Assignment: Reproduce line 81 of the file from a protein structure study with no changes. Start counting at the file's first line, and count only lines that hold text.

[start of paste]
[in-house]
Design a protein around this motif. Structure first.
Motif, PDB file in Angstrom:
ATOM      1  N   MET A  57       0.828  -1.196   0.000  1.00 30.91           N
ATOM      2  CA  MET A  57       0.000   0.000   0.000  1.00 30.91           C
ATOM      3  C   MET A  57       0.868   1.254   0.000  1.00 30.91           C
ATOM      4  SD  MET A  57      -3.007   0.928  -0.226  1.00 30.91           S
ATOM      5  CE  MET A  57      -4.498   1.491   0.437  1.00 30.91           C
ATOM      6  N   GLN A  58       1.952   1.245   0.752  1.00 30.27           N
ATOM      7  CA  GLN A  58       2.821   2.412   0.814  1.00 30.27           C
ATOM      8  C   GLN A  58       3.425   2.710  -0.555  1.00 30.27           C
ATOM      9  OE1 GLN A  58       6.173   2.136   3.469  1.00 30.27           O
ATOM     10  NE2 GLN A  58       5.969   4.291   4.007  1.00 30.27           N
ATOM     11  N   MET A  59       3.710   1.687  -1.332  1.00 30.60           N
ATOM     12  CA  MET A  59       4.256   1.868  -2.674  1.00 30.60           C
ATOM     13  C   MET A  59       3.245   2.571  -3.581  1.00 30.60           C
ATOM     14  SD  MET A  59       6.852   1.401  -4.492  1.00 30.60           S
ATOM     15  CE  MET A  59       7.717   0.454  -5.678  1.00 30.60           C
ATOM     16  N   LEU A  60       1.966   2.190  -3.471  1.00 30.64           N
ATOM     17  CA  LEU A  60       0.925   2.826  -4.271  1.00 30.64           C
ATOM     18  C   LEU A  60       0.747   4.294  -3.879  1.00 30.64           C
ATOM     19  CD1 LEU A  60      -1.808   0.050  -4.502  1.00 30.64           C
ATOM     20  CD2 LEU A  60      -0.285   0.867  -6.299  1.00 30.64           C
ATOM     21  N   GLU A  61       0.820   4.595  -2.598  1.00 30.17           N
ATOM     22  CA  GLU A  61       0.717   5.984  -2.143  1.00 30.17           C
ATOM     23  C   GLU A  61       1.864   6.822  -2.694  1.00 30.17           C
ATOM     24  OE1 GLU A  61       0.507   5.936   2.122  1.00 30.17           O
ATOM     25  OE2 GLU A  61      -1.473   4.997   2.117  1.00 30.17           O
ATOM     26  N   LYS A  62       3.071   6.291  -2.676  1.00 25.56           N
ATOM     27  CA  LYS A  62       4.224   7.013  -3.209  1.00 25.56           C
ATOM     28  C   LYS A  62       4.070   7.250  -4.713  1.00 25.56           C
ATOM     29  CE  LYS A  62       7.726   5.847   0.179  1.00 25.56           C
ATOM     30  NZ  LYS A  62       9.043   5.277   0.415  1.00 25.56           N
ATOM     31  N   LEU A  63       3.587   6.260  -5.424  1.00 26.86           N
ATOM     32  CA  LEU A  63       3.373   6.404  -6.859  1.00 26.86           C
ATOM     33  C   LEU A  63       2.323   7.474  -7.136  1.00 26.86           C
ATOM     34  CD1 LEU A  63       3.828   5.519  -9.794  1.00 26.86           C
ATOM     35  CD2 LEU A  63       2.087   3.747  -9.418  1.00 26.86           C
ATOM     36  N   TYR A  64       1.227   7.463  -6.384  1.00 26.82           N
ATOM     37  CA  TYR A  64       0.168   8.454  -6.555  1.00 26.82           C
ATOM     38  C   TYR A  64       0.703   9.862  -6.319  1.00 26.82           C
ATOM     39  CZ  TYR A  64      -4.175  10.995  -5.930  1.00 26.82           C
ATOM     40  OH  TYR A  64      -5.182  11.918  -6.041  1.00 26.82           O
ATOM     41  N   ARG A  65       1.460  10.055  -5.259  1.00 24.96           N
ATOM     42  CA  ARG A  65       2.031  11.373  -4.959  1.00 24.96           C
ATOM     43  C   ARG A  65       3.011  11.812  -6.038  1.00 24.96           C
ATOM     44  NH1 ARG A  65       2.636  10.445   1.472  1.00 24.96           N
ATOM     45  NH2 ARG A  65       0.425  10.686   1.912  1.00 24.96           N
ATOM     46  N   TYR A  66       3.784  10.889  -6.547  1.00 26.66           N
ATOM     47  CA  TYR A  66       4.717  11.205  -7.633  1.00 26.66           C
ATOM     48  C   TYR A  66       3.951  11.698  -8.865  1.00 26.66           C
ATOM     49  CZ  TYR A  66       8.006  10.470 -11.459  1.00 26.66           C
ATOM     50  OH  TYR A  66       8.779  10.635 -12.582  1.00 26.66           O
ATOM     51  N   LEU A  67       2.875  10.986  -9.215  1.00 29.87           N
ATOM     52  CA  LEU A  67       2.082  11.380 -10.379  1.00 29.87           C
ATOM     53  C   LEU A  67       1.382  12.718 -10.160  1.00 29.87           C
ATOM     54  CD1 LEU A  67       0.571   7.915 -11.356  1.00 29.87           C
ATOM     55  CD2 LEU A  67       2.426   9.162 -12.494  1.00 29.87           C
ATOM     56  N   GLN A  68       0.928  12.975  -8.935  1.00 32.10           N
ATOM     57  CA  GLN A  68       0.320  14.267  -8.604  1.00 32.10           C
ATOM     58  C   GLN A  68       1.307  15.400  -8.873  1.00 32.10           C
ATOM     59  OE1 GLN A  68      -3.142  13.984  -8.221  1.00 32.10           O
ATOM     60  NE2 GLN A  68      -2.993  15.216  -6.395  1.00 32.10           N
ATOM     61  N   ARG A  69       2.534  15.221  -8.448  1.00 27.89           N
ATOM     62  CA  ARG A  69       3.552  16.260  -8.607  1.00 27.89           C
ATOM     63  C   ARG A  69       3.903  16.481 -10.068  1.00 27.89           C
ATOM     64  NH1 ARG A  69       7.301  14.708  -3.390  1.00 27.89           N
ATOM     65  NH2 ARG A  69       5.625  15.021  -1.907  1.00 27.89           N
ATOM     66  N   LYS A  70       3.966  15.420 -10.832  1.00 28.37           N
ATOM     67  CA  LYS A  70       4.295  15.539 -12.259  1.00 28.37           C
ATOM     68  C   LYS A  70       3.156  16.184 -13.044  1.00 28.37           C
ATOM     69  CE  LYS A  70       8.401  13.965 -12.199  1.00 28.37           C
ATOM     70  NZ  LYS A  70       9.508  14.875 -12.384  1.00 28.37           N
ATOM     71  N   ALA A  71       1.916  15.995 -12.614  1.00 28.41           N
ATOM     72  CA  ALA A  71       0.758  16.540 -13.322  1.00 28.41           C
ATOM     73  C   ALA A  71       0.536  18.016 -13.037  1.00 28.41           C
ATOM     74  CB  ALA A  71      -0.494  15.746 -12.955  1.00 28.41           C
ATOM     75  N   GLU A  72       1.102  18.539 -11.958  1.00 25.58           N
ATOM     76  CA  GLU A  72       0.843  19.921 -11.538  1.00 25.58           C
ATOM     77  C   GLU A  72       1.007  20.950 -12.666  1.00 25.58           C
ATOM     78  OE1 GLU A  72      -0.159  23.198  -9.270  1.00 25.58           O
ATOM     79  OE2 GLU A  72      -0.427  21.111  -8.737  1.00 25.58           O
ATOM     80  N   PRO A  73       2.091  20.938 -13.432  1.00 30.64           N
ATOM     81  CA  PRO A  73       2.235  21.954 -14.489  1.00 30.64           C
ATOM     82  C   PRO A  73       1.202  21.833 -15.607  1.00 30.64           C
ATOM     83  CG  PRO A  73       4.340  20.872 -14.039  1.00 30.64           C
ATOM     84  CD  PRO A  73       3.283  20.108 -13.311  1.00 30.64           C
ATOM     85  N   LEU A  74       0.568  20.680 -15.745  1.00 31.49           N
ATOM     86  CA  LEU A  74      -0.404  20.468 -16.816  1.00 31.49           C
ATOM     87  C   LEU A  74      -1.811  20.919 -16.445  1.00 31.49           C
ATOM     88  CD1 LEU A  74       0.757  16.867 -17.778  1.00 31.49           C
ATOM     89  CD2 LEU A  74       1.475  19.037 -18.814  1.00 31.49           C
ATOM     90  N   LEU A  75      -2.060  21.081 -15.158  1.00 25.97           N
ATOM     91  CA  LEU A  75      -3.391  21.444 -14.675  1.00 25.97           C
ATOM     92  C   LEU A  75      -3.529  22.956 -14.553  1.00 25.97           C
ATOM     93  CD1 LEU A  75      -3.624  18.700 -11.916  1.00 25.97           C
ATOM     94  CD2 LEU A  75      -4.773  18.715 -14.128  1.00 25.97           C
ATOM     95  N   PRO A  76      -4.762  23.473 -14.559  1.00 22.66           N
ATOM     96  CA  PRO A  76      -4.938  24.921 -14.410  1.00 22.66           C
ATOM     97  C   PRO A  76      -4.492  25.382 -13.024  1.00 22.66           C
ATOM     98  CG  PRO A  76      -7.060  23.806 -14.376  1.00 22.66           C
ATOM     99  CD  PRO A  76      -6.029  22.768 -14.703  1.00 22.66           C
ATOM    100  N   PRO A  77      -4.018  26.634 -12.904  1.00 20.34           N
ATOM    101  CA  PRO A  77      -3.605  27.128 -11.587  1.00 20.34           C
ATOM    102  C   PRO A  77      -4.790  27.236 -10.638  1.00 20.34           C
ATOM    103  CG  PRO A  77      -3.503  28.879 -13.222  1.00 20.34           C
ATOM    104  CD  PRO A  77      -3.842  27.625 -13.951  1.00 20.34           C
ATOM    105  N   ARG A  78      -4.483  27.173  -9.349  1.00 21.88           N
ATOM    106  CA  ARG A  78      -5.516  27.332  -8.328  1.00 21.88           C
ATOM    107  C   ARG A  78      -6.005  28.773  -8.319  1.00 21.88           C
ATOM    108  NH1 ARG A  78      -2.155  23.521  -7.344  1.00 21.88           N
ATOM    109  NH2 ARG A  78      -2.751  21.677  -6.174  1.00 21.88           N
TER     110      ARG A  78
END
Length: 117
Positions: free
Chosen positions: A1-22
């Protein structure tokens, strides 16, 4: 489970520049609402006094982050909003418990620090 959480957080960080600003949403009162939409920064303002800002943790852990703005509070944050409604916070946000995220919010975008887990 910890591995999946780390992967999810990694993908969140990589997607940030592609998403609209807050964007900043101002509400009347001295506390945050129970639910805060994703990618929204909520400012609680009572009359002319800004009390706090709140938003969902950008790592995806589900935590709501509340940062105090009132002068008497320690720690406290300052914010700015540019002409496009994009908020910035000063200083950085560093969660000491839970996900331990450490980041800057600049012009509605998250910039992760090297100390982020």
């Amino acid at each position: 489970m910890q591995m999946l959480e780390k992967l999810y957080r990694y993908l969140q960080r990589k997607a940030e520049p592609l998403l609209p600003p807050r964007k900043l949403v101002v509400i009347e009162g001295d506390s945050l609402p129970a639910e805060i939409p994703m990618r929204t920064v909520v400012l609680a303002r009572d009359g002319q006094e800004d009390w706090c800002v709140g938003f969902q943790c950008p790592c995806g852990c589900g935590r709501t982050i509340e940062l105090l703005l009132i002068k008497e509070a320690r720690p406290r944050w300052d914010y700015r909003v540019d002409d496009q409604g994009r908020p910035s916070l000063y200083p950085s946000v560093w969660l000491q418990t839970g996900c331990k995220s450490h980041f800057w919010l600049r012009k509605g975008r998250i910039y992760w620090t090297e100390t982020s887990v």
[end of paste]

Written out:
ATOM     78  OE1 GLU A  72      -0.159  23.198  -9.270  1.00 25.58           O